RETURN OF THE EXILE: Marianne Teleki's 'Special Circumstances' chronicles the journey of Chilean exile Hector Salgado.
Documentaries at U.N. Association Film Festival track the travails of the oppressed and forgotten
By Richard von Busack
THE CAMERA AS WITNESS" is this year's theme of the documentary-laden United Nations Film Festival, Oct. 24–28 at Stanford, with preview screenings on Friday, Oct. 19, at the Eastside Theater in East Palo Alto and on Sunday, Oct. 21, at Camera 12 in San Jose.
At the Eastside Theater, at 4:30pm, the festival showcases The Champ, Palo Alto filmmaker Peter Jordan's short about a 17-year-old girl's boxing lessons. Also on the bill is The Lost Children of the Cite Soleil, an exposť of child soldiers in strife-torn Haiti, and Fighting Cholitas, about the world of female wrestlers in El Alto, Bolivia.
At 7:30pm, the Eastside shows Willie Francis Must Die Again. Danny Glover narrates the story of Francis, who survived a bout with the electric chair in Angola, La., only to be resentenced to death in a 5–4 vote by the U.S. Supreme Court.
At Camera 12, on Oct. 21, at 6pm, the festival screens My Dreams Never Lie, a profile of an Afghan refugee who made his way to Paris. At 7:10pm: Special Circumstances, in which Berkeley's Marianne Teleki follows Chile's Hector Salgado as he returns from exile to confront Pinochet's men, who tortured him and killed his friends.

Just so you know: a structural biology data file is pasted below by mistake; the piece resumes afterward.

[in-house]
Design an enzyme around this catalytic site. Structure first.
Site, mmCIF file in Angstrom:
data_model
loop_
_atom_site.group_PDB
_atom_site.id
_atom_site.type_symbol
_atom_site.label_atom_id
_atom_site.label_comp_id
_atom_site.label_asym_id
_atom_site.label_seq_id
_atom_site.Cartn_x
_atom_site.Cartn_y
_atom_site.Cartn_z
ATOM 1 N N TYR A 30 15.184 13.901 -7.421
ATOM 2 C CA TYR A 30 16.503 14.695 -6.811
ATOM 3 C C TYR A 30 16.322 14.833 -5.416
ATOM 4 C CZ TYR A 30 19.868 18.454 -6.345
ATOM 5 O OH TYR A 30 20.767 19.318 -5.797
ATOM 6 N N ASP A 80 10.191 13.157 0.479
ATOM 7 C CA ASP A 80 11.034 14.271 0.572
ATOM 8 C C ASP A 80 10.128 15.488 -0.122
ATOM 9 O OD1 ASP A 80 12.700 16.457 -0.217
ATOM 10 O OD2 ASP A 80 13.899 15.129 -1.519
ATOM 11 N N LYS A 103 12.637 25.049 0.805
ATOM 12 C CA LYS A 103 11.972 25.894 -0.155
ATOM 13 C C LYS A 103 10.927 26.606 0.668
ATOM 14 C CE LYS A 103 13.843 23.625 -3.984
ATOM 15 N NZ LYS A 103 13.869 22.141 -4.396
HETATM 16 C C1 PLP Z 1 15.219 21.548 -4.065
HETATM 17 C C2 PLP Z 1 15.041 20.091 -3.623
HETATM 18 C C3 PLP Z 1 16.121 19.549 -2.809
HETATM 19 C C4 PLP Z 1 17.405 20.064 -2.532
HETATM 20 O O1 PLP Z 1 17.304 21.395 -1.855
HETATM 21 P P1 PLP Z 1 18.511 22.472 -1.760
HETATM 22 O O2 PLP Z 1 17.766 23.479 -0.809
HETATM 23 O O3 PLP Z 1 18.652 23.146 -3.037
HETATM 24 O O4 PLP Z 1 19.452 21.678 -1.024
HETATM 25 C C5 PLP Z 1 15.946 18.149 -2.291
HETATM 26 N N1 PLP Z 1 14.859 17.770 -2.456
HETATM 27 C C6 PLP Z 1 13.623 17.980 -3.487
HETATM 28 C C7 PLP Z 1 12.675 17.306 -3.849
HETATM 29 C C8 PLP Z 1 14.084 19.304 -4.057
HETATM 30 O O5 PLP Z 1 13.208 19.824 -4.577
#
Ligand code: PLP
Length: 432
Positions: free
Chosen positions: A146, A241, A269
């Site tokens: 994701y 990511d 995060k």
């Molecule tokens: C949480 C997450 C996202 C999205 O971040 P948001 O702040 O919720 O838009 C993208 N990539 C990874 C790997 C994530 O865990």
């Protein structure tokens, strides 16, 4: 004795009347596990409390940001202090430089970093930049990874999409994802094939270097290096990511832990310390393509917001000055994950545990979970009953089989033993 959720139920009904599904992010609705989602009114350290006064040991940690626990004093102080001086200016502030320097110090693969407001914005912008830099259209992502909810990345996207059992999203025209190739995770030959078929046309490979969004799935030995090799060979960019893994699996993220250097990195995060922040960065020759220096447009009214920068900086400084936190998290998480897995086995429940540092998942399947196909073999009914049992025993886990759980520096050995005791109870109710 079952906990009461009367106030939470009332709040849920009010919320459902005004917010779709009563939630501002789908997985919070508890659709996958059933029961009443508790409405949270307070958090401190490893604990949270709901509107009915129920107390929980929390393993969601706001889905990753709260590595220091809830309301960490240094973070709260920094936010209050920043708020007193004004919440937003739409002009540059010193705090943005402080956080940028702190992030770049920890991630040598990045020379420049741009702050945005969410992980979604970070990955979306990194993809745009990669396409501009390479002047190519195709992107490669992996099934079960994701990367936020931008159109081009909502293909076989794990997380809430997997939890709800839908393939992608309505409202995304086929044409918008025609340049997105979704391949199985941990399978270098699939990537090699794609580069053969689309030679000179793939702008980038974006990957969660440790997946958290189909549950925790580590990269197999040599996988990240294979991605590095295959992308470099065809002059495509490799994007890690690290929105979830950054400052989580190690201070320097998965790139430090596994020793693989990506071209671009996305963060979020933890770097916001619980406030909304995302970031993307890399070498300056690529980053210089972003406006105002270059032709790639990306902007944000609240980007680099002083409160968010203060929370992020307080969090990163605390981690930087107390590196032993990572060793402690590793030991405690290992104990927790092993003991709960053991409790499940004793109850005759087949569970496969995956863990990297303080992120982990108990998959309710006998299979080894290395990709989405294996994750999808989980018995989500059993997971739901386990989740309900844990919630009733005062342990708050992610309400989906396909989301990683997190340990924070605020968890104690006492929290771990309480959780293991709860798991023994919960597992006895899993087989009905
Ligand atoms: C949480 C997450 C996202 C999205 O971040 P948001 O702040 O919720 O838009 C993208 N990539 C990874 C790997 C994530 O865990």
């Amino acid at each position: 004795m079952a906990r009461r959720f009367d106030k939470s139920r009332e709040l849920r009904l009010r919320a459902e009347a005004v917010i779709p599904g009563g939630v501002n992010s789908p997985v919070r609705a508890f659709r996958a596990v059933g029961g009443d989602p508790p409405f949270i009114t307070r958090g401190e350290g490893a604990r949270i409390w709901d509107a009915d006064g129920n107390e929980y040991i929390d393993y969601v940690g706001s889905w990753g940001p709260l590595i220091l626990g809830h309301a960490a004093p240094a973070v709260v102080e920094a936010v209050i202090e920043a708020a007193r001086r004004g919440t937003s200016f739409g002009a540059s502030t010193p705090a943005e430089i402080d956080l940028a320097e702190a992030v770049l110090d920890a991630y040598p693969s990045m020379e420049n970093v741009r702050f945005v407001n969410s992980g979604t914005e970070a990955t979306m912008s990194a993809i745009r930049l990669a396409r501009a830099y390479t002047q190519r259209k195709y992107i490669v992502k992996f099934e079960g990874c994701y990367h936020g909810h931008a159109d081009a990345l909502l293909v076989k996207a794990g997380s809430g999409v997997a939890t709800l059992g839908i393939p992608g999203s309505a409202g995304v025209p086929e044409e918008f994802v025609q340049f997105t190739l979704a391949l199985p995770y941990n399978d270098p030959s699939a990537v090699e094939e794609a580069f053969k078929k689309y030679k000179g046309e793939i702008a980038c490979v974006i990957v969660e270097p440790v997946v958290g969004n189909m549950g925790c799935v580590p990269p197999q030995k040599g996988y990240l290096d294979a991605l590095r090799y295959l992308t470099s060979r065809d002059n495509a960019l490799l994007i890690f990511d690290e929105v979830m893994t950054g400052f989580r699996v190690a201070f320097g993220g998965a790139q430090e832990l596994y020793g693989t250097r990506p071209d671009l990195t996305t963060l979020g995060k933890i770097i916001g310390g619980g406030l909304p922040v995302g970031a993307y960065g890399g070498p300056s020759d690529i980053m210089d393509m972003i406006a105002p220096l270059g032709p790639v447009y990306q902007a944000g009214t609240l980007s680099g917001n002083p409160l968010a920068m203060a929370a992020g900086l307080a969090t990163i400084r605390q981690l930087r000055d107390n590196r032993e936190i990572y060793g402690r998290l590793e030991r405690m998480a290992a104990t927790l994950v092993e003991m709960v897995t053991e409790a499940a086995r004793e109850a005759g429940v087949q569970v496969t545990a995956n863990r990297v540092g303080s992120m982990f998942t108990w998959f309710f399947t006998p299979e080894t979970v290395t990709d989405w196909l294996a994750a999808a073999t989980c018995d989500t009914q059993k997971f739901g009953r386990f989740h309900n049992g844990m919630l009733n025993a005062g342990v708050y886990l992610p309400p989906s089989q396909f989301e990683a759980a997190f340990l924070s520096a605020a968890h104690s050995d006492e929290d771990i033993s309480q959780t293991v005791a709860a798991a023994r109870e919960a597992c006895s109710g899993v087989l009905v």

At 8:30pm: The Devil Came on Horseback. Brian Steidle, a U.S. Marine assigned to the African Union as an observer, saw first-hand the genocide in Darfur and brought the news back to America, much to the chagrin of the State Department. Ricki Stern and Ann Sundberg's documentary is "Darfur for Dummies": an overview of the chaos and what is being done to end it.
The official opening ceremony takes place at Stanford's Cubberley Auditorium, with Palo Alto Mayor Yoriko Kishimoto on hand. The films include, at 6:45pm: The Battle of Chernobyl. What a total ash hole! Twenty years later, this still-smoldering, insufficiently contained meltdown is waiting for a solution. Thomas Johnson revisits a problem people would rather forget about; unfortunately, blighted, poisoned Ukrainians don't get that option.
At 8:25pm: Global Focus IV: The New Environmentalists.
At 9:15pm: Tsepong: A Clinic Called Hope. Lesotho has the world's highest percentile of HIV/AIDS infection; Patrick Reed investigates an underfunded clinic trying to stop the disease. Reed previously did an essential Rwanda documentary Shake Hands With the Devil, about Romeo Dallaire.
At 10:10pm: Soldiers of Conscience. Training soldiers to kill takes much persuasion and work; Peter Coyote narrates various accounts of how it's done—and how many soldiers refuse to go along with it.
The festival runs with a full slate of screenings through Oct. 28.
THE UNITED NATIONS ASSOCIATION FILM FESTIVAL screens Oct. 19 at the Eastside Theater, 2101 Pulgas Ave., East Palo Alto, Oct. 21 at Camera 12 in San Jose and Oct. 24–28 at Cubberley and Annenberg auditoriums on the Stanford Campus. For a complete schedule, see www.unaff.org. Tickets are $5/$8. (650.724.5544)
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